Whitehorse Daily Star

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QUARRY SUBJECT RESURFACES – Lesley Cabott of Stantec and Doug Gonder, the owner of Norcope Construction, discuss the potential quarry in the Alaska Highway/Robert Service Way area before city council on Monday evening.

Council to dig into quarry issue again

City council will once again consider the possibility of an Official Community Plan (OCP) amendment that could start the process for a proposed Norcope Construction quarry in the Alaska Highway/Robert Service Way area.

By Stephanie Waddell on January 11, 2018

City council will once again consider the possibility of an Official Community Plan (OCP) amendment that could start the process for a proposed Norcope Construction quarry in the Alaska Highway/Robert Service Way area.

Council deferred a decision on the proposed OCP change at Norcope’s request when it first came forward last year.

Norcope owner Doug Gonder had asked for the deferral to give the company time to consider a number of issues that came forward and provide any further information that might be needed in light of the concerns.

Lesley Cabott of Stantec engineering consultants, which has been working with Norcope on the plans, and Gonder made a presentation to council on Monday evening.

Work has been done to ensure the issues raised when the matter was deferred last March have been looked at and more information provided to the city, they told council.

“The concerns have been addressed,” she said.

As it was stated in a report to council: “The revised mapping shows a reduction in development area from 21.5 hectares to 9.9 ha with potential access points from Miles Canyon Road.

“Norcope has submitted information regarding the final quarry elevations, rail crossings, renderings and drone footage from different locations to the proposed site.”

Cabott and Gonder recognized both the Kwanlin Dün First Nation and Ta’an Kwach’an Council have already stated they don’t support the proposed OCP change.

The First Nations have indicated, however, that they would be open to discussions about gravel extraction as part of the overall upcoming OCP review.

Norcope has not been able to meet with the First Nations to hear and address their concerns.

While Norcope respects the fact that First Nations may not support the proposal, the company asked that the city permit first reading to go ahead so a public process can happen.

At this stage, Gonder argued, it’s important that Norcope be granted the opportunity to have the public review the plans and see if there’s anyway to move forward.

It’s recommended, though, that council defeat the proposed OCP change at first reading after the report highlighted a number of matters beginning with the OCP.

“Although the proposed Industrial designation also permits heavy industrial activities, Norcope would not be able to apply for IH - Heavy Industrial zoning, as OCP policy 8.2.2 requires a minimum 500 m buffer from residential designations,” the report says.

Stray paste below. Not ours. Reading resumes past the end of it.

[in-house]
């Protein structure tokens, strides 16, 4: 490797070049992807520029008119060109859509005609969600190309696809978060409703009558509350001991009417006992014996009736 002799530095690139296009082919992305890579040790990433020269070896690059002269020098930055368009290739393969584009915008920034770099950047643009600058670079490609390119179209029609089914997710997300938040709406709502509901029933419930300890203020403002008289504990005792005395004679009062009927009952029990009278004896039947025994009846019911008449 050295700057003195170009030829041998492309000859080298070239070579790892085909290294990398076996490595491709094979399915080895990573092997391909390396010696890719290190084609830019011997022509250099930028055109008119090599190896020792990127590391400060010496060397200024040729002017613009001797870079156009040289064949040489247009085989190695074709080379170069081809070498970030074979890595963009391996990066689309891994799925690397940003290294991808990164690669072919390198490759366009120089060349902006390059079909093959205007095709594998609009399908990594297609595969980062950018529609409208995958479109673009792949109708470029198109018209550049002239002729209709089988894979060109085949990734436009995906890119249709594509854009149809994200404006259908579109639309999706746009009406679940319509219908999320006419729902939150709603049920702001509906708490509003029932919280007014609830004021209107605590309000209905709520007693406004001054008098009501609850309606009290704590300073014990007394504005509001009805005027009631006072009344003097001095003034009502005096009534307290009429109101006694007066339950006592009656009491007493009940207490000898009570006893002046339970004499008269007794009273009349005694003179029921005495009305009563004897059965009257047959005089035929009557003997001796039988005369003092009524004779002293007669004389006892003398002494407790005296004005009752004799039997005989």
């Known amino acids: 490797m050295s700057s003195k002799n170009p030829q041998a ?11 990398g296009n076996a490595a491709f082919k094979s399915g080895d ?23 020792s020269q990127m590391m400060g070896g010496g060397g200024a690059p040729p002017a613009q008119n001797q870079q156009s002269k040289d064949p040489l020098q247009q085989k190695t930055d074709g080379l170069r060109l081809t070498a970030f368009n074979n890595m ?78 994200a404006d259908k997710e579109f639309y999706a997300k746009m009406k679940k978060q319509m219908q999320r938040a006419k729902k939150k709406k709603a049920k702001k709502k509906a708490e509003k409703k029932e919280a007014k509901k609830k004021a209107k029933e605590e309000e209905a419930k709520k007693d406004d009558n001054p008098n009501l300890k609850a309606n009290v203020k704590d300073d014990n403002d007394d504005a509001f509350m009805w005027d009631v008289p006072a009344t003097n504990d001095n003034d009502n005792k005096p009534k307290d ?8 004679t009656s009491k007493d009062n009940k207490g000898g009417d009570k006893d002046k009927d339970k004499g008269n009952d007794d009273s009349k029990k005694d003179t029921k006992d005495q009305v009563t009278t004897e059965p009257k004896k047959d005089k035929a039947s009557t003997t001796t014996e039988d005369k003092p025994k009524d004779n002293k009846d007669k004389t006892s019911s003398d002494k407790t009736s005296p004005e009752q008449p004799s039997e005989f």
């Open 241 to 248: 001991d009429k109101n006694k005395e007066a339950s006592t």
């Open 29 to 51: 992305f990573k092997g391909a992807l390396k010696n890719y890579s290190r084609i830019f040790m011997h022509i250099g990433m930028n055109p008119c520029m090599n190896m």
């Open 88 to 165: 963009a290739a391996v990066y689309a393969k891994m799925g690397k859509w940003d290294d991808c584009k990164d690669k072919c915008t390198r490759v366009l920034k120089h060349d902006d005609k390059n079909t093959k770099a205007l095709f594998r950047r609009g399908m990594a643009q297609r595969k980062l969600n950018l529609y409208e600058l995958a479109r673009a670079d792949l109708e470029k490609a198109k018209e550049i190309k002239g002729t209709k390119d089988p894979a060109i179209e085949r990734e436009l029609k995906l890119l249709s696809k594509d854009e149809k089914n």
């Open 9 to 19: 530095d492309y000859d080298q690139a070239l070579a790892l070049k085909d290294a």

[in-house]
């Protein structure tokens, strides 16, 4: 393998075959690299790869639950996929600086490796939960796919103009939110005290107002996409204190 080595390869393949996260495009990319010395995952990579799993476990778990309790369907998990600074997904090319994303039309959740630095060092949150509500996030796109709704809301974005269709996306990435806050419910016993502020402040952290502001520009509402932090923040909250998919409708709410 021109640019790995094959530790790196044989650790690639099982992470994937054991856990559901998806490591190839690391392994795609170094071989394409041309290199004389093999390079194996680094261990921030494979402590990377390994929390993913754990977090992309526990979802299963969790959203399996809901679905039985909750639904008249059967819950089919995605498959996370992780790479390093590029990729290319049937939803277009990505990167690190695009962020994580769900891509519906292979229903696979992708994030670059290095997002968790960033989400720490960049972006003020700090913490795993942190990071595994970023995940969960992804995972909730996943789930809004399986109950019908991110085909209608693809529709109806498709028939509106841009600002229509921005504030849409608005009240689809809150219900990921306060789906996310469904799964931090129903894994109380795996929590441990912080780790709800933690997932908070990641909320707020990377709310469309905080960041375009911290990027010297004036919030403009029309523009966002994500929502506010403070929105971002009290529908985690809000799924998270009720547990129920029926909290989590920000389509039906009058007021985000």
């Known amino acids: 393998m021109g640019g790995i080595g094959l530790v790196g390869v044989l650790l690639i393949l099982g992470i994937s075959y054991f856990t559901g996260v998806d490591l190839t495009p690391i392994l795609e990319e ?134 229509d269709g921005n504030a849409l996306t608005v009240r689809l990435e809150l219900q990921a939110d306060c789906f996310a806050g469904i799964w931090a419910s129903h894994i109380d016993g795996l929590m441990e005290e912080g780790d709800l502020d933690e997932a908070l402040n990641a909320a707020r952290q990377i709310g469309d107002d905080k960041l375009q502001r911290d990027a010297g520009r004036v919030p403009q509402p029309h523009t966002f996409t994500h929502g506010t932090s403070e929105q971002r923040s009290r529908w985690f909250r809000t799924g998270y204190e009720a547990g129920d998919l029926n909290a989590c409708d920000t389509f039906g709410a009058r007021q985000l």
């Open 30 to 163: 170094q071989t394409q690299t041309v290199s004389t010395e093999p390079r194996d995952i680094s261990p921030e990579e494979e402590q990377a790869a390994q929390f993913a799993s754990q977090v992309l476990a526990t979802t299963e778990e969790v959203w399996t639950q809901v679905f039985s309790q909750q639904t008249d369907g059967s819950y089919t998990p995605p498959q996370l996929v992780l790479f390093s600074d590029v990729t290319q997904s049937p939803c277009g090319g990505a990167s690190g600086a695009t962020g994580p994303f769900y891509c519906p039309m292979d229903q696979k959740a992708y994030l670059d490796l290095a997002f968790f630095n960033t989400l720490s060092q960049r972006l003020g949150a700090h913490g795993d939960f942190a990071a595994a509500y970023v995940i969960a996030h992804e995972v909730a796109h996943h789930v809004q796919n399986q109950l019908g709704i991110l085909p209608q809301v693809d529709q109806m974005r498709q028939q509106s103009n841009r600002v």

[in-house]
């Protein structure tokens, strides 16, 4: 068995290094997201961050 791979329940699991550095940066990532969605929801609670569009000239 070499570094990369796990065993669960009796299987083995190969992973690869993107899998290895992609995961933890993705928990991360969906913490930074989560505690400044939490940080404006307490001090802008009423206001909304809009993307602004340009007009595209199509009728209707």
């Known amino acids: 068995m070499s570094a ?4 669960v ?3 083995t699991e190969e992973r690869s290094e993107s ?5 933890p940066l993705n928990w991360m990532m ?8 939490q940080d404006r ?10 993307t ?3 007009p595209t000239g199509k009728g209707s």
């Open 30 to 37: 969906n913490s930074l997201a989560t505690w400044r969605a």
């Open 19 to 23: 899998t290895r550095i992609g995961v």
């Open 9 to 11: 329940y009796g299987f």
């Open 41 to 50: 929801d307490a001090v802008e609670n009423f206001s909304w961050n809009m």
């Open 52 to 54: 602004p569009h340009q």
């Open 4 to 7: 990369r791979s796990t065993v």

“The proposal achieves the 300 m buffer for natural resource extraction as specified in policy 8.2.3 of the OCP.

“Administration notes that an OCP review process is scheduled to begin in the near future, and a comprehensive citywide study of quarry resources, requirements and industrial/commercial land suitability will take place at that time.”

The report then goes on to speak of the suitability of the site, noting it’s unlikely it would be suitable for any future development there following the quarry’s lifetime.

The report also notes that Miles Canyon Road – which would be used to access the site – is highly used by those seeking recreational opportunities in the area.

“Norcope has stated that by moving the gate further from the highway and providing space for parking, the quarry access could enhance the area,” it’s stated.

Council will vote on whether to move forward with first reading next week.

Comments (6)

Up 3 Down 0

Bob Ablanalp on Jan 15, 2018 at 10:50 am

this meeting should last about 2 minutes
writing NO on the decision document won't take that long

Up 4 Down 0

north_of_60 on Jan 14, 2018 at 11:22 pm

Norcope bulldozes a road in and makes a mess without permission, and nothing is done about it. Now they're back again with the same old ideas. There's already plenty of quarries along the old Copper Mine haul road.

Tell Norcope NO, fine them for the mess they made, and make them pay for reclaiming the land.

Up 1 Down 4

Chaz on Jan 14, 2018 at 1:50 pm

Considering that aggregate is the foundation of physical growth it's a no brainer this needs approval not to mention the location keeps costs down.

Up 6 Down 1

My Opinion on Jan 14, 2018 at 12:43 am

Every time I pick up a paper he is in court with someone. Jobs not done correctly, rules not followed, house over his property line. The City should know this very well with the experience they have had with him. He should get ZERO consideration for this.

Respect is earned not demanded.

Up 4 Down 1

BnR on Jan 12, 2018 at 6:57 am

So, Doug goes ahead and punches an exploratory road into the site, tries to just go ahead and git'er dun, gets caught. Nothing happens. If you or I just punched a road in somewhere, we'd get fined at the very least, and now, he's doing the Doug thing of trying to get his way no matter what.
What's next, rock trucks in front of city hall?
No. No. No.

Up 3 Down 1

a person on Jan 11, 2018 at 10:42 pm

This is pathetic. A former city manager going to bat for a land grab in contravention of our official community plan. Why is this even being considered?!

Just say NO!

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